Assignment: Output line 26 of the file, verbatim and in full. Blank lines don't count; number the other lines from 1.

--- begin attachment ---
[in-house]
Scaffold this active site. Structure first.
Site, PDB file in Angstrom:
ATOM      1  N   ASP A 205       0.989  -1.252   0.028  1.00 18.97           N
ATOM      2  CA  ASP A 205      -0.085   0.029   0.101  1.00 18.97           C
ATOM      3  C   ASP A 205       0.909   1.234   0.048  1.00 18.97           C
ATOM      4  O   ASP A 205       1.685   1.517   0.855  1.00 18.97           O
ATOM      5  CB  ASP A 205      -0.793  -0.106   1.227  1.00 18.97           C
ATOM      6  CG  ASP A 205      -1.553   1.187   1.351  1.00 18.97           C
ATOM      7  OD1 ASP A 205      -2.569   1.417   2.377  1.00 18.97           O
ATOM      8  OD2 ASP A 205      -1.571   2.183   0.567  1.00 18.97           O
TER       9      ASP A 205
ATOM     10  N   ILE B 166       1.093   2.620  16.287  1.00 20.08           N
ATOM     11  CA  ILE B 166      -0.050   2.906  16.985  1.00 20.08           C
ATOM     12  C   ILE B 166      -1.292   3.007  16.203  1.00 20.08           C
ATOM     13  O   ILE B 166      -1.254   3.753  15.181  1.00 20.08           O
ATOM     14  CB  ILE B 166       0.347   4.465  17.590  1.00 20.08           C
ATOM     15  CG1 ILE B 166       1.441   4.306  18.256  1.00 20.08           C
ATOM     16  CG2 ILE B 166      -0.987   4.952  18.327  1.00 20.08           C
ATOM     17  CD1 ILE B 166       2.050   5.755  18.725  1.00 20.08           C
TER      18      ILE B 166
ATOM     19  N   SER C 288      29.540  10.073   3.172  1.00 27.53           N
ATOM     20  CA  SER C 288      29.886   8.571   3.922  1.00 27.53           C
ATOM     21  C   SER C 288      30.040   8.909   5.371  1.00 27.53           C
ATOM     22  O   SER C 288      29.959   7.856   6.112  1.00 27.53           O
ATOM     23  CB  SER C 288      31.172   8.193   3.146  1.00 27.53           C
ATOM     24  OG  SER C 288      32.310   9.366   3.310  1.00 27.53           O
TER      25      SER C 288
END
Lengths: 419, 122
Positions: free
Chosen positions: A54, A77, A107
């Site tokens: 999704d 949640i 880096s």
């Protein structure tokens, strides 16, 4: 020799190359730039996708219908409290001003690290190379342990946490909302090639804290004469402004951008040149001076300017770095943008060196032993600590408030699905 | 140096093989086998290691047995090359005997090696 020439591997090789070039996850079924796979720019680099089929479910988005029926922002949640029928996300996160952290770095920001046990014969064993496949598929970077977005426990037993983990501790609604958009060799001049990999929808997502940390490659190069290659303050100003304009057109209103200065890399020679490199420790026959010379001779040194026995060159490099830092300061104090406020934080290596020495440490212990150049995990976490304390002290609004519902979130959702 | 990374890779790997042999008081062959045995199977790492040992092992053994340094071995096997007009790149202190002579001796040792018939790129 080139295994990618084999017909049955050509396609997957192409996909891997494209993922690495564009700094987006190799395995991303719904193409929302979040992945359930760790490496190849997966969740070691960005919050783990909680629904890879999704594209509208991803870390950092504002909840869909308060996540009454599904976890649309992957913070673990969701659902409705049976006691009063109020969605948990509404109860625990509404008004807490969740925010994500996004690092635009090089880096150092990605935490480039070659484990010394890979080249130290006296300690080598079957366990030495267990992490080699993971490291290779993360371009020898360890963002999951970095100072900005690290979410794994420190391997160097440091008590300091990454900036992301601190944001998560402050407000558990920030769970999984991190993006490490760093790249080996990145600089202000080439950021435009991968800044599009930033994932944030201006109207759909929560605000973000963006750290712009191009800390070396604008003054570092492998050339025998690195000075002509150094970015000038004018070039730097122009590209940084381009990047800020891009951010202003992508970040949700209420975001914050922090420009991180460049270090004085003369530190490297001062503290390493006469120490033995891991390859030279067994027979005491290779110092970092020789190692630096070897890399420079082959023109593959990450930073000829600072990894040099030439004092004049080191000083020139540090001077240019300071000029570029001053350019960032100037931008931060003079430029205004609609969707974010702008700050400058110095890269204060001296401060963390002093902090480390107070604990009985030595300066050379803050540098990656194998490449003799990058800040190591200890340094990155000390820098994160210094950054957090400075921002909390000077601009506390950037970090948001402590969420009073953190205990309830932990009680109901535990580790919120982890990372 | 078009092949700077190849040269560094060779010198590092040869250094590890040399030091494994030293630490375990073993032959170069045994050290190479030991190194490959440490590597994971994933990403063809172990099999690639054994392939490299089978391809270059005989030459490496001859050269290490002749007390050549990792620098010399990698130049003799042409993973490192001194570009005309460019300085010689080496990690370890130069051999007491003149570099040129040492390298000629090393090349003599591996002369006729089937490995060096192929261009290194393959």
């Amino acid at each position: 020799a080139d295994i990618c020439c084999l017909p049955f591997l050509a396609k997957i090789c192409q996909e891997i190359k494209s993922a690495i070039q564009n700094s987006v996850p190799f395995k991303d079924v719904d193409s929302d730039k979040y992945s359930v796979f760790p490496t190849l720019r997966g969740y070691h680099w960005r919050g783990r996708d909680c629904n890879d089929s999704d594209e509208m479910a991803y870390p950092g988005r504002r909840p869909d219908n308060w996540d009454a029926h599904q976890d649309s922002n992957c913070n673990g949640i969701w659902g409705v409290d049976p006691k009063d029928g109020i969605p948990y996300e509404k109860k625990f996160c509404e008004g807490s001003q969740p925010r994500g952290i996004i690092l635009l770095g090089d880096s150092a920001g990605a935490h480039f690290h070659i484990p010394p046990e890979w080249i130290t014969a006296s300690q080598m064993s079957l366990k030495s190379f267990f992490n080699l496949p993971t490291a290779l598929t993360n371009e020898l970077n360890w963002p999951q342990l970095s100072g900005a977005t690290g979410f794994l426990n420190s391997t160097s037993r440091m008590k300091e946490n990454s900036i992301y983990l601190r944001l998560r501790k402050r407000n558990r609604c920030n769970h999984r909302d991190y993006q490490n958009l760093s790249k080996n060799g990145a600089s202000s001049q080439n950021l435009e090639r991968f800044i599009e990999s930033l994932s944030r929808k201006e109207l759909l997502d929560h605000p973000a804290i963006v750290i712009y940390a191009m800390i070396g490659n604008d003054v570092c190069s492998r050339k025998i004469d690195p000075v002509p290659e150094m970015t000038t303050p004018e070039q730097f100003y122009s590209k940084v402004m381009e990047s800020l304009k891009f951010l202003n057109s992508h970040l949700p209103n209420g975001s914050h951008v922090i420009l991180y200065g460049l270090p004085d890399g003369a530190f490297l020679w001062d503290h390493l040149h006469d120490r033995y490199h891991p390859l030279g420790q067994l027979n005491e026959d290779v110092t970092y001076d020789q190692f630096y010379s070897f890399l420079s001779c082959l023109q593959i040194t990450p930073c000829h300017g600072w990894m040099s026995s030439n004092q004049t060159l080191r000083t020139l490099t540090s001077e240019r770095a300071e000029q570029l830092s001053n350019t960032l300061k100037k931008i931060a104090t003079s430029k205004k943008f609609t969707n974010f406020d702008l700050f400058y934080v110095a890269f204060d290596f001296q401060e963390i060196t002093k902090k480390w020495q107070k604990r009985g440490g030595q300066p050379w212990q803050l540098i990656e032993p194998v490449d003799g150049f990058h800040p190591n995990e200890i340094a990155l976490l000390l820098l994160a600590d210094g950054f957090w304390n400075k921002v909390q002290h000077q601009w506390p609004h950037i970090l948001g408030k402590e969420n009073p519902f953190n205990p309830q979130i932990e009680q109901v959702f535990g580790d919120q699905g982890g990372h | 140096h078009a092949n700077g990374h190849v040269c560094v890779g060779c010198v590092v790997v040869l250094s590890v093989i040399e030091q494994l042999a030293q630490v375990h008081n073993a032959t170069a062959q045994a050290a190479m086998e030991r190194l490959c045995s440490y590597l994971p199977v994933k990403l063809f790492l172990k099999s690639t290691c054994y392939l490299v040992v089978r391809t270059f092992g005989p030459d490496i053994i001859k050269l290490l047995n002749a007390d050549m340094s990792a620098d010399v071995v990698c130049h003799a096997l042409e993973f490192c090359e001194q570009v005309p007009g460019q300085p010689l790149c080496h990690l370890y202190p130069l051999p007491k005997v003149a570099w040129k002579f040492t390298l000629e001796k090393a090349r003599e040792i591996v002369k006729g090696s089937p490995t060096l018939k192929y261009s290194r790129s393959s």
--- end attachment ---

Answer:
ATOM     23  CB  SER C 288      31.172   8.193   3.146  1.00 27.53           C